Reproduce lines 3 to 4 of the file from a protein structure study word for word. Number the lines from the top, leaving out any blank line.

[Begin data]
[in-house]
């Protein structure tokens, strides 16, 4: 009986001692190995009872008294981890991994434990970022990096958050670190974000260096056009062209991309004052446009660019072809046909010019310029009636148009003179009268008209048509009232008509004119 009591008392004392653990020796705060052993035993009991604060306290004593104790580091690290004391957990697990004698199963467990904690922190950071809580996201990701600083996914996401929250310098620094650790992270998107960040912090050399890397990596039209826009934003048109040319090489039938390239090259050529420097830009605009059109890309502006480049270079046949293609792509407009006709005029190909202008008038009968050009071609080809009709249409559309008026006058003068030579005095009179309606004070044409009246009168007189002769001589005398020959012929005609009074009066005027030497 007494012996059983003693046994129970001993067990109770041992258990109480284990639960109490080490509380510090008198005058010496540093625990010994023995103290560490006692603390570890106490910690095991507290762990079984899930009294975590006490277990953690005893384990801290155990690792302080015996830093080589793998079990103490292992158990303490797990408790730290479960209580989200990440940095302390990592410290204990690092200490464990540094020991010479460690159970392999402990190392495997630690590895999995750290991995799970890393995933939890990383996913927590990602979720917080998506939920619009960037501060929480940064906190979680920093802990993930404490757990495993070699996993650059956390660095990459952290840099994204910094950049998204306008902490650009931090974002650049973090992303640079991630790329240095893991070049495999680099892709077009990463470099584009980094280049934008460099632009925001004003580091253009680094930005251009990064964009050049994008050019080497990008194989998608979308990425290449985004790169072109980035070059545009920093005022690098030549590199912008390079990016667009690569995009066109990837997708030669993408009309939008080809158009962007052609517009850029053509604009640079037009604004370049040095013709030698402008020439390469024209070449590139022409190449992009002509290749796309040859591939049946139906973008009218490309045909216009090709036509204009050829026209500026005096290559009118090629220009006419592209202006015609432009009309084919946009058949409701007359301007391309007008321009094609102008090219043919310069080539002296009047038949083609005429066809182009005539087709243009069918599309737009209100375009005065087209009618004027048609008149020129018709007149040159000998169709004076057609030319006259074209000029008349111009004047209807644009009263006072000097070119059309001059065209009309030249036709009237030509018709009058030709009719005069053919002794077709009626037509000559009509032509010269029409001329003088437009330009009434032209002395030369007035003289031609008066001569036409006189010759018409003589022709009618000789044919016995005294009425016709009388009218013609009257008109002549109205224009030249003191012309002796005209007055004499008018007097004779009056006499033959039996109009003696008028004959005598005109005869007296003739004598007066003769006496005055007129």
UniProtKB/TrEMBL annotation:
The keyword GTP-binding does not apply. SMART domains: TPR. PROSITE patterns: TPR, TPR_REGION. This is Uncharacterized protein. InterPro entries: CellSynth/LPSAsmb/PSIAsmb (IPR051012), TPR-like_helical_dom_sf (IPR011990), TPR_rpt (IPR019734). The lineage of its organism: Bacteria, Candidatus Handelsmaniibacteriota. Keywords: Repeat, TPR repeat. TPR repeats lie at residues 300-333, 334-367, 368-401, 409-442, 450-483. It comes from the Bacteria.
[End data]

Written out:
UniProtKB/TrEMBL annotation:
The keyword GTP-binding does not apply. SMART domains: TPR. PROSITE patterns: TPR, TPR_REGION. This is Uncharacterized protein. InterPro entries: CellSynth/LPSAsmb/PSIAsmb (IPR051012), TPR-like_helical_dom_sf (IPR011990), TPR_rpt (IPR019734). The lineage of its organism: Bacteria, Candidatus Handelsmaniibacteriota. Keywords: Repeat, TPR repeat. TPR repeats lie at residues 300-333, 334-367, 368-401, 409-442, 450-483. It comes from the Bacteria.